Foreign employee and first child in Finland

Ajay and Pooja moved from India to Tampere in February 2020 due to Ajay’s work. Only a couple of weeks after arrival, the couple found out that they were expecting a baby. What is it like to expect your first child in a foreign country during a pandemic?

Having your first child is always a big change, and the parents have a lot to learn. The situation is particularly challenging when you have just moved to a foreign country whose practices you don’t know yet. An international pandemic also poses an additional challenge.

The first child in a foreign country

When Ajay and Pooja found out that they would have a baby, at first they didn’t know what to do. Fortunately, their local relocation consultant advised them how to proceed and told them for example where to buy baby products.

Everything started to go smoothly when the couple got to the maternity clinic. “In India, the parents of a newborn get a lot of help from their friends and family. People visit them every day and they all give their own advice. Because we were in Finland, relatives and friends could not help us, so the maternity clinic and home service was a huge help. They taught us everything we needed to know about taking care of the baby.” Ajay and Pooja also appreciate other Finnish parental benefits, such as parental leave and child benefit. “The maternity package in particular was necessary because it contained clothes suitable for the Finnish climate. Otherwise, we would not have know how to dress the baby here.”

Life with a baby is different in many ways in Finland and India. “In Finland, for example, you use strollers, while in India you carry the babies and they aren’t taken outside the house in the first months. Choosing the right kind of stroller suitable for the Finnish winter was difficult, but it was a good purchase. The baby gets used to the outside world and gets fresh air.”

The coronavirus pandemic has made the expectation and the everyday life with the baby more challenging. Pooja’s parents were supposed to travel from India to Finland after the baby was born, but due to the pandemic, they have not been able to travel. “We haven’t been able to visit almost anywhere and the baby hasn’t been able to meet many people other than the staff at the maternity clinic. Fortunately, however, the situation is not so bad in Finland, so we are trying to make the best of what we have.”

From India to Tampere

Ajay and Pooja had never visited Finland before, but they wanted to move here because they like European culture and the closeness to nature. They had also always wanted to see snow. “In our home in Bengaluru, it’s usually about +28 degrees, and even at its coldest +17. You see people outside all the time. So it was surprising when we arrived in Tampere on a Saturday night in February, when there was snow and we didn’t see anyone outside. But in the summer it felt like home when there was Indian weather in Tampere, and there were a lot of people outside.”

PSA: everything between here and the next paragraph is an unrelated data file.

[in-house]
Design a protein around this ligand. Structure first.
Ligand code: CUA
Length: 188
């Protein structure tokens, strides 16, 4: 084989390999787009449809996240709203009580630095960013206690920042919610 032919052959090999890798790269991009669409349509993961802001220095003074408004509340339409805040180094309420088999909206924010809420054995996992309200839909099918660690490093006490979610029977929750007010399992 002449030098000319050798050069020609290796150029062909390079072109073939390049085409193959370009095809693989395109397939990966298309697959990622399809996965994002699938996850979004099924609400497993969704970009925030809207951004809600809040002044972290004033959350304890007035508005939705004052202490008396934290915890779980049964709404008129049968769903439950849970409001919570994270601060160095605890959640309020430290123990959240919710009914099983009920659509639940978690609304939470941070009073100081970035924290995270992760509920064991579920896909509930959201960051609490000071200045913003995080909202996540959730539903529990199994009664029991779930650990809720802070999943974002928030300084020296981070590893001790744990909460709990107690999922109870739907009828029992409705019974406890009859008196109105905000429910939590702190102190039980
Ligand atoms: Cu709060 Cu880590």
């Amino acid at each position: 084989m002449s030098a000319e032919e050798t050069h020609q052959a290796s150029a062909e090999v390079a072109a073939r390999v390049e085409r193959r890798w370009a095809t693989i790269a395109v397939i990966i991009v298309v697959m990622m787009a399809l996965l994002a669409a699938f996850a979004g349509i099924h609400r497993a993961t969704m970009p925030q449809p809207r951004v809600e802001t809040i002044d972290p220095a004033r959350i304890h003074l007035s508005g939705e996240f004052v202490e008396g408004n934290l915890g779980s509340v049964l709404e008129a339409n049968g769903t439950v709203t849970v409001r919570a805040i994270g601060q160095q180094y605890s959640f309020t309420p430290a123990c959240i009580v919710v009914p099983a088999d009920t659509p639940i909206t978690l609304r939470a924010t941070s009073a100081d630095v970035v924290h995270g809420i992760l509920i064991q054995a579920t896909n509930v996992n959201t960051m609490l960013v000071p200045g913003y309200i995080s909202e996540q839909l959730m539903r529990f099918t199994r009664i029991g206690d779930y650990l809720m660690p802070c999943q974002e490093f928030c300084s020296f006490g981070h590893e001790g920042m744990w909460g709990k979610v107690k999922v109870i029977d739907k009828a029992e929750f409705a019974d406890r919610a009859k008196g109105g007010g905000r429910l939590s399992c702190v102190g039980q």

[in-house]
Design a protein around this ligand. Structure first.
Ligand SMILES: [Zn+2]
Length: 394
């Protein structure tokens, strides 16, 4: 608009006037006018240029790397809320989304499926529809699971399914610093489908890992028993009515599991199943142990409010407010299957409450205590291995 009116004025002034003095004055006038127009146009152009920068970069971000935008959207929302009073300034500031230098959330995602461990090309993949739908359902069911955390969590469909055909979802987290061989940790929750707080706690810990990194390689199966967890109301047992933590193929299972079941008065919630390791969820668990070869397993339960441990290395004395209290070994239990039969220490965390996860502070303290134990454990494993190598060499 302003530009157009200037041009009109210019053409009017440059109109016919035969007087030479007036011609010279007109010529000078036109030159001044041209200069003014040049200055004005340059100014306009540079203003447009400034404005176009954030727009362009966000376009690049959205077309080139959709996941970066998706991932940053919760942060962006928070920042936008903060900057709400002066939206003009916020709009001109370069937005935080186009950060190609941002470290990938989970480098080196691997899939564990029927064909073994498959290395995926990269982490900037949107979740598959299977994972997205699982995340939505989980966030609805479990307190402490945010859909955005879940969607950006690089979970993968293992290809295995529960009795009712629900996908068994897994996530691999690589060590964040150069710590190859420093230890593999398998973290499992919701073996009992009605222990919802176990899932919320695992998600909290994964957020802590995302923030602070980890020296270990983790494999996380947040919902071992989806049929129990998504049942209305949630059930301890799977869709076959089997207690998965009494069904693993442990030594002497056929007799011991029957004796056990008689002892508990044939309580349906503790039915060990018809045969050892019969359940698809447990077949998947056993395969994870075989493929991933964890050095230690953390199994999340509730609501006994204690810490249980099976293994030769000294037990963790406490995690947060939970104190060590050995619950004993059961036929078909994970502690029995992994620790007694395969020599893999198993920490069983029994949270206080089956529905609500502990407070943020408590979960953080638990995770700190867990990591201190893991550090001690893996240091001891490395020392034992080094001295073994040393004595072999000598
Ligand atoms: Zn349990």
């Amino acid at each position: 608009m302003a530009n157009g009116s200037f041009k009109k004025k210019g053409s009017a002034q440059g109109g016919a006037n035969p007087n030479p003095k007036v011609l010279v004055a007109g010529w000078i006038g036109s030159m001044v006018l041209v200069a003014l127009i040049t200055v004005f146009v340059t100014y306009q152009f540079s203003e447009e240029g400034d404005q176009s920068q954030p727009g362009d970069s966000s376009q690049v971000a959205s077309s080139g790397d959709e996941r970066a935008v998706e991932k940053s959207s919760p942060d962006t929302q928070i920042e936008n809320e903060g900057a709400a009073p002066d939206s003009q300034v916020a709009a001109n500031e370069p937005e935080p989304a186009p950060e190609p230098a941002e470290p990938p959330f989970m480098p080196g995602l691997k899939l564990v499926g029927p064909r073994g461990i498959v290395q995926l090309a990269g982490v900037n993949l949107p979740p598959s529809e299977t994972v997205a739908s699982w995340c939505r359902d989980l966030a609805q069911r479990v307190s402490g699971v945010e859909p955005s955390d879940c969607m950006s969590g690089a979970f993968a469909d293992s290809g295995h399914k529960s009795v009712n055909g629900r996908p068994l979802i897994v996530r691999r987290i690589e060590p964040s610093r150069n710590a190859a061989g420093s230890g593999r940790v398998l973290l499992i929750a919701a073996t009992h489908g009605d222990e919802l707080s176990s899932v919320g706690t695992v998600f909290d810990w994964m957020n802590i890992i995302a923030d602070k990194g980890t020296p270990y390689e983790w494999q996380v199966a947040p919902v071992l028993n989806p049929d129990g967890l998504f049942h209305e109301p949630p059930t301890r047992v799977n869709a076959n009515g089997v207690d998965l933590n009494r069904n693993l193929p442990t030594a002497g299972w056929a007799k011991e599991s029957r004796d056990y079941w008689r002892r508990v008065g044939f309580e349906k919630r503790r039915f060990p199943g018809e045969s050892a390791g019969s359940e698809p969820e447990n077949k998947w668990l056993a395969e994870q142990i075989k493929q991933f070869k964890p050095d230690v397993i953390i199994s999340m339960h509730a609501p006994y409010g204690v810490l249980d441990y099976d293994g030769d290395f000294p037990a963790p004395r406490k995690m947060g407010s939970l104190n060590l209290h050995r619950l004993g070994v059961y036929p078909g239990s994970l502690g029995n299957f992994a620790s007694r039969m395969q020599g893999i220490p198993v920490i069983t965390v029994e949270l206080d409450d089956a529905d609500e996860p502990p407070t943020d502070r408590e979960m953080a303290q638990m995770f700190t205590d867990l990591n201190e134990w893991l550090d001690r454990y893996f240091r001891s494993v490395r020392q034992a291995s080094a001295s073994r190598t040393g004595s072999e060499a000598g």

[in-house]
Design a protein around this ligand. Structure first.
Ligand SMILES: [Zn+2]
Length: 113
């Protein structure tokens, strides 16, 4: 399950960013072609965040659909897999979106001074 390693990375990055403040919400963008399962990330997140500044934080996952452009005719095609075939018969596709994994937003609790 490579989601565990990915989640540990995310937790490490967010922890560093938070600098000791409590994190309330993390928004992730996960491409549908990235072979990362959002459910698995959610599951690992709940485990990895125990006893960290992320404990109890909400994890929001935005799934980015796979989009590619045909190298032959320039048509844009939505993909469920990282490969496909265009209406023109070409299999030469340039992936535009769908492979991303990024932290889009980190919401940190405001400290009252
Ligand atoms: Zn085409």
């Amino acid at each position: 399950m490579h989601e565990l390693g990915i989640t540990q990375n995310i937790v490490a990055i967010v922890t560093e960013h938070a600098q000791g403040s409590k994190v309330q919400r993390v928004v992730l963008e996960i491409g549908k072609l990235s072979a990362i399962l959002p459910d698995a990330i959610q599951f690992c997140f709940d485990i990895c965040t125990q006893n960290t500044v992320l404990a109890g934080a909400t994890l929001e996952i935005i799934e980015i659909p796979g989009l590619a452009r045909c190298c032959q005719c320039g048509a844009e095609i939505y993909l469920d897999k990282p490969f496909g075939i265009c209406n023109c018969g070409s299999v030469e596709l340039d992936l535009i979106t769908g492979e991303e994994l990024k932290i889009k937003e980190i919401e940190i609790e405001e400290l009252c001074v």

Finland’s silence also required getting used to it. “In India, the houses are so near each other that you hear noises all the time. Initially, the silence here was a bit difficult, but now we are used to it and it’s nice for the baby so she can sleep.”

Ajay and Pooja like to live in Tampere. “We love the city! It’s small but has everything and you can visit everything fast. Our favorite thing about Tampere is the fact that there are places like Näsijärvi lake and Näsilinna very near the city center.”

Adapting to the Finnish culture

People often say that Finns are not social, but Ajay and Pooja have only met very social and helpful people. “We have found that Finns are very social when you are interested in getting to know the local culture and even trying to speak Finnish. We have studied Finnish from the beginning. It may be easier for us as we are used to learning languages: India has 22 official languages, so many Indians are multilingual. In India, there is a saying “When you speak to someone in understandable language, you just speak to them. But when you speak their mother tongue, you are really connecting with them.” We think this is also true with Finns.”

“Where you live also matters. Many Indians want to live in an area where other Indians live. But we didn’t want that, we wanted to get to know the Finnish culture and language so we wanted to live in the city center. It has been easier to get to know the culture in the city center, for example by attending events and trying local cuisine.” Ajay and Pooja therefore recommend that those who move to Finland to choose a good apartment, even if it’s a bit more expensive.

Ajay and Pooja are grateful to their relocation consultant who valued their opinions and helped them find a good apartment in the center. They especially appreciate how the consultant helped deal with housing-related problems by communicating effectively with the landlord. “We are very grateful for all the help, it still helps us today.”


Do you need help relocating your foreign employee to Tampere? Feel free to contact us! We have helped many Tampere-based companies succeed in international recruitment, and our local relocation consultant knows the city.


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